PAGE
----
I stole easily and often in those months, and my compulsion knew no bounds. Fuelled by a deluded arrogance and a sense of entitlement underwritten by the unfairness of the niggardly wages at the retail chain, my sticky fingers cut a nightly swath through the aisles. This is slave labor, I thought in facile and voluptuous self-persuasion. Highway robbery. We're being taken advantage of. Some of my colleagues were also stealing - I was sure of it - on different levels, and one, a good friend, had even been caught trying to smuggle out a CD. Feeling a kinship with my fellow cogs-in-the-corporate-wheel, and underage sweatshop workers, my baroque rationalization was complete.
Of course, the truth, as per ushe, was a bit more complicated. I could have busted my ass, hustling my way into a better paying job, but frankly, didn't know how. Then there was the endless torment of being denied a raise -- as a supervisor working for minimum wage -- time after time for the most infinitesimal and pettiest of reasons. Was it my problem that the fools on my watch couldn't add or subtract -- that a VISA transaction was off by a fraction of a decimal?
Ironically, these were some of the best times of my life. Not because of the loot, but because of the camaraderie and humor fostered amongst my coworkers, bright and charismatic beings all. Many of us were young and sensitive, passionate, genuinely critical thinkers. We were forging our own styles through the form and content of books and music -- seductively shiny packaging our siren song. The older folks were mostly liberal and young at heart -- we were a de facto family of sorts. There was sometimes drama or high dudgeon, never malice. We would often work on holidays, and would have Thanksgiving or Christmas dinner in the workroom, with food and communal sharing of the pipe in the staff toilet (the secret to stemming the odor problem was to exhale into the commode as you were flushing, and supposedly the smoke would be sucked down). Everyone was there because they enjoyed the work -- they had to be. (That was before the rot set in.) It's funny, at one point we were having a staff meeting at the local pub across the street. The store manager, with ultra-serious affect, brought up a customer complaint. Someone knew someone else who thought that they had heard one of the employees at the front counter complain that the company CEO was a "cheap Jew." This was hilarious. Not because the remark, if it had been made, was in any way funny. But because it was patently impossible that anyone on our staff of educated, measured-in-their-comments folks would have ever said such a thing. It was purely a case of Chinese whispers.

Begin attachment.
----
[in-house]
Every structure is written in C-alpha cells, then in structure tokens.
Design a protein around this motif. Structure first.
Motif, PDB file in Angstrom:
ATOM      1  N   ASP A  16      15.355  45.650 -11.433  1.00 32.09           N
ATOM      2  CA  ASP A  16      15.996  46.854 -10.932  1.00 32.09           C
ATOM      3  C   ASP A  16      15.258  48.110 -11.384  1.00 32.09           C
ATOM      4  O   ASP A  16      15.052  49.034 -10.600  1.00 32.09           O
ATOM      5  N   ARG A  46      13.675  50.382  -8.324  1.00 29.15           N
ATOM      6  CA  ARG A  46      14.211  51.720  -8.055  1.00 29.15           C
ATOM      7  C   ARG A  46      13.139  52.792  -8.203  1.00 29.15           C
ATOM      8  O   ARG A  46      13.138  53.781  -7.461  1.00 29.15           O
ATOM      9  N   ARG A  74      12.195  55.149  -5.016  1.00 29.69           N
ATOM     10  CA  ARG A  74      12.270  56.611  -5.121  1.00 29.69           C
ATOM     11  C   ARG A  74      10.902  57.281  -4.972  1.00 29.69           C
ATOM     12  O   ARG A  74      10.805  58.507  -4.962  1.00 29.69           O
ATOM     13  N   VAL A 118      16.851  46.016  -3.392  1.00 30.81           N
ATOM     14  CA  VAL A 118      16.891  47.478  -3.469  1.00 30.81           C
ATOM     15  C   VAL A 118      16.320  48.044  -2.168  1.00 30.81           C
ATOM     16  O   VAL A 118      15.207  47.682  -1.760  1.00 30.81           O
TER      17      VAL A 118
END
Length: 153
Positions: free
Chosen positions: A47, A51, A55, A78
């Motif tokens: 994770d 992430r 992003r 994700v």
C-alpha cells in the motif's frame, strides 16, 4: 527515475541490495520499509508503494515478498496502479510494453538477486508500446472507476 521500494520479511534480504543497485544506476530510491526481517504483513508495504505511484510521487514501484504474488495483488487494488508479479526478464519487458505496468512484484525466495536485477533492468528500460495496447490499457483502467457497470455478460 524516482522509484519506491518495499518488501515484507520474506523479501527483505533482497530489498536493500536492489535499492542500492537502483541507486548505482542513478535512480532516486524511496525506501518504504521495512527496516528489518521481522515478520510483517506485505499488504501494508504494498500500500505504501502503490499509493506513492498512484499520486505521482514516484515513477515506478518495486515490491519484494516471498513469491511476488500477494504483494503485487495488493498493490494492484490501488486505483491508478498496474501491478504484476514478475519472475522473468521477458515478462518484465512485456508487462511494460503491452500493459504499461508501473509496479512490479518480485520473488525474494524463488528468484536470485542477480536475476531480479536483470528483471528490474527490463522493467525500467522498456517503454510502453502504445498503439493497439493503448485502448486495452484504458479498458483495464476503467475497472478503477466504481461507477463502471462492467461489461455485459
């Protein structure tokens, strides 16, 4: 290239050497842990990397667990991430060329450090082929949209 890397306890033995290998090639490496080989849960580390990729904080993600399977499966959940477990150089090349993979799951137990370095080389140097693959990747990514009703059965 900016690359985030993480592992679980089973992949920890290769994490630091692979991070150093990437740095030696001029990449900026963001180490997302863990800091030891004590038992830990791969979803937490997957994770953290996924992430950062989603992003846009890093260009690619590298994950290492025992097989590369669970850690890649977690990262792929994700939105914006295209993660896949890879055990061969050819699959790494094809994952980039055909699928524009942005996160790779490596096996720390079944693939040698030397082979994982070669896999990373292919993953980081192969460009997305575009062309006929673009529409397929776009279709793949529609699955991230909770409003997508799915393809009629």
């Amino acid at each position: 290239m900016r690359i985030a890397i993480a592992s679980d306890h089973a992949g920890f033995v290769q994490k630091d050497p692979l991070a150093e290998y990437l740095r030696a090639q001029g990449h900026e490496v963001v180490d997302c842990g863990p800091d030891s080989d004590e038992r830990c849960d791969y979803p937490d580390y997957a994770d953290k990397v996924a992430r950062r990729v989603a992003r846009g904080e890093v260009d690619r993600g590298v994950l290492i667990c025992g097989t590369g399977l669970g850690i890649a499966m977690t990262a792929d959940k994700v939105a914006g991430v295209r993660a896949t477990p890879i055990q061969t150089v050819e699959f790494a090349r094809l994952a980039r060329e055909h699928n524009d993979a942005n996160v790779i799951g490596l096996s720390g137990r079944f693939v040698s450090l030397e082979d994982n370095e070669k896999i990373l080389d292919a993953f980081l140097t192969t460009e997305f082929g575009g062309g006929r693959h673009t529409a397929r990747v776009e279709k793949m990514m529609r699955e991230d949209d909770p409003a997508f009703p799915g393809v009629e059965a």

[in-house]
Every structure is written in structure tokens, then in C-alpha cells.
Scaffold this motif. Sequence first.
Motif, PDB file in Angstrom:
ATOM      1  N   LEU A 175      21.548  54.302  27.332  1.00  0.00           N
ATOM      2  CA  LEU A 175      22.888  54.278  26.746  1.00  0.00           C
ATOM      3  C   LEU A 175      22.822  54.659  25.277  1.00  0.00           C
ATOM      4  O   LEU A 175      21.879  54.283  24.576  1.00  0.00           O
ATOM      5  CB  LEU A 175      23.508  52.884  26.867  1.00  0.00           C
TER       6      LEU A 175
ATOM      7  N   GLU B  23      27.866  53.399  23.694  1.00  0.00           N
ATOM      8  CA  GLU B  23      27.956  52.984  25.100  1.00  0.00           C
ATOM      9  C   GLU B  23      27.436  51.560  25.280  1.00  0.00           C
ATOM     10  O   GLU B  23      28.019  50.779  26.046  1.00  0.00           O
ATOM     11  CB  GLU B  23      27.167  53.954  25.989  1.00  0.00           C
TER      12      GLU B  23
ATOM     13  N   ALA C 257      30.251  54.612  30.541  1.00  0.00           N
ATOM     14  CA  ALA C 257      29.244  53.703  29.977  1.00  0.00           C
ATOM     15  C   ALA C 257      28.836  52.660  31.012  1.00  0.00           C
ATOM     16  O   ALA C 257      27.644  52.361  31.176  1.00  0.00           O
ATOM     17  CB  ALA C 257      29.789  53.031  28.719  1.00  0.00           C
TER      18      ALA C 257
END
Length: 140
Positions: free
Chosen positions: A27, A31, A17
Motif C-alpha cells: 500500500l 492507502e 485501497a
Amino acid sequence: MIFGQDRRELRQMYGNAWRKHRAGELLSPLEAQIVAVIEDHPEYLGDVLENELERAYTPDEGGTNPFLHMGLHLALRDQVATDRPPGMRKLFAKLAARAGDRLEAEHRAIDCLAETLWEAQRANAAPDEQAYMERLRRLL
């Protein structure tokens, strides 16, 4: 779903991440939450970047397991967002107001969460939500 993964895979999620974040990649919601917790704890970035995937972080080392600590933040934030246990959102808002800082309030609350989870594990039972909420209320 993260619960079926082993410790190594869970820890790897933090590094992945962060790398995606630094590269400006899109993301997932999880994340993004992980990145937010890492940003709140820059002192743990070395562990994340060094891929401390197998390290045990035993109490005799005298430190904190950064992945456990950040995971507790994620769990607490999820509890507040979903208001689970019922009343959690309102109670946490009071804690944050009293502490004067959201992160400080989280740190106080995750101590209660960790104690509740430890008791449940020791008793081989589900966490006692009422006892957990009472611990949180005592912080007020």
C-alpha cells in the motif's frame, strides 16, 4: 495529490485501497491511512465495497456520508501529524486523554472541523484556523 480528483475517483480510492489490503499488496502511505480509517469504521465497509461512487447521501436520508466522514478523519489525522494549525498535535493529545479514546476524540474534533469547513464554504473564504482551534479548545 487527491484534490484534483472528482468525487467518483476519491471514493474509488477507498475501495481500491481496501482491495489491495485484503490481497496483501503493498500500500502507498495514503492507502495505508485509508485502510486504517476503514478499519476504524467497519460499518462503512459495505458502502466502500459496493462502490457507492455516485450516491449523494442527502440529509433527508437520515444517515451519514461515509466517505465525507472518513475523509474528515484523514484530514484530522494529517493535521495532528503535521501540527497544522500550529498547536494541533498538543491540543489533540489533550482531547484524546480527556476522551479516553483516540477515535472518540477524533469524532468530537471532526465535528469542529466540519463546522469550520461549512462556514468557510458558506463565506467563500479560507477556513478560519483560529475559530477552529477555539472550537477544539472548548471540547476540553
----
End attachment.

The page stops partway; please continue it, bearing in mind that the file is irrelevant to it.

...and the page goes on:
Becoming more and more reckless in my adventures, I knew the jig would soon be up, but was in a state of denial. Arriving to work one day, I was greeted by a passel of security. They were there with evidence of my crimes and my walking papers. The confession was signed admitting certain things, but it was oh-so-carefully worded. Jail-time was perilously close, but ultimately avoided. Walking the plank, i.e. out of the store, there was a certain numbness mixed with pride and a prick of shame. I met a friend for lunch - mango burgers at the local diner. A year later, I was satisfied to hear through the grapevine that the patronizing security guard who had sealed my fate was hoist by his own petard -- sacked for being caught on camera in a nightly workroom jack-off session. A two-way mirror alone is no guarantee of protection. Let he who is without sin cast the first stone.
Now, on one of my daily sallies to a venerable German book retailer, I watch as a male customer blithely scoops into his hand the contents of the bathroom attendant's tip jar. Mouth agape, I look around to see if anyone has cottoned to this fact. In true Berlin fashion, everyone is minding their own goddamn business. If they had seen it, I doubt anyone would have said anything, either. It's a bustling setting, too, gemuetlich, folks ensconced in leather chairs, tucked into novels or tucking into their kuechen. The bells of a snow-encrusted Kaiser Wilhelm church, right across the way, clang comfortingly.
Flanked on either side by the stacks of books I've been perusing, as I turn to go, I reach out to insert them into my bag, open-zippered like a hungry black maw. I stop myself in my tracks. Hovering in a giddy mental space of momentary uncertainty, I feel like a housewife about to pop her first valium. Then it's back to earth as I realize in a millisecond where my property ends and the store's begins. I zip up my bag, locking inside the strong gravity, the pull of kleptomania (never ever stronger than the possibility of imprisonment in a foreign country), and walk out briskly, relieved, welcoming the sobering winter air into my lungs.